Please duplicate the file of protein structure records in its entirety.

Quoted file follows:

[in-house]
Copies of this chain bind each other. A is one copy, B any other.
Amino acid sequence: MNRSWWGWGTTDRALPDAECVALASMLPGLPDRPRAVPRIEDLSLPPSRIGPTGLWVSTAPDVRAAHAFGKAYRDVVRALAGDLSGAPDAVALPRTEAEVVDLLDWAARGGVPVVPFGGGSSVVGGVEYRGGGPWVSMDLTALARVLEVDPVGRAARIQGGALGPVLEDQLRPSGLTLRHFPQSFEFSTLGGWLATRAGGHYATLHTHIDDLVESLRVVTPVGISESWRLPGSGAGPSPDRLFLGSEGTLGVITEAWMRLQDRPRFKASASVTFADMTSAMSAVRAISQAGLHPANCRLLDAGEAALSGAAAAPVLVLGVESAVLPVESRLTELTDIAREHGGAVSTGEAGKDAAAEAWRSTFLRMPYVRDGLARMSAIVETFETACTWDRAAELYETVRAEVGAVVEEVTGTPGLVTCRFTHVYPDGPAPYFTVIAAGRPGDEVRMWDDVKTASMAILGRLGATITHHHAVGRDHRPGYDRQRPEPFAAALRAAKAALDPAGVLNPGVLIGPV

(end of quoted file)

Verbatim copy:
[in-house]
Copies of this chain bind each other. A is one copy, B any other.
Amino acid sequence: MNRSWWGWGTTDRALPDAECVALASMLPGLPDRPRAVPRIEDLSLPPSRIGPTGLWVSTAPDVRAAHAFGKAYRDVVRALAGDLSGAPDAVALPRTEAEVVDLLDWAARGGVPVVPFGGGSSVVGGVEYRGGGPWVSMDLTALARVLEVDPVGRAARIQGGALGPVLEDQLRPSGLTLRHFPQSFEFSTLGGWLATRAGGHYATLHTHIDDLVESLRVVTPVGISESWRLPGSGAGPSPDRLFLGSEGTLGVITEAWMRLQDRPRFKASASVTFADMTSAMSAVRAISQAGLHPANCRLLDAGEAALSGAAAAPVLVLGVESAVLPVESRLTELTDIAREHGGAVSTGEAGKDAAAEAWRSTFLRMPYVRDGLARMSAIVETFETACTWDRAAELYETVRAEVGAVVEEVTGTPGLVTCRFTHVYPDGPAPYFTVIAAGRPGDEVRMWDDVKTASMAILGRLGATITHHHAVGRDHRPGYDRQRPEPFAAALRAAKAALDPAGVLNPGVLIGPV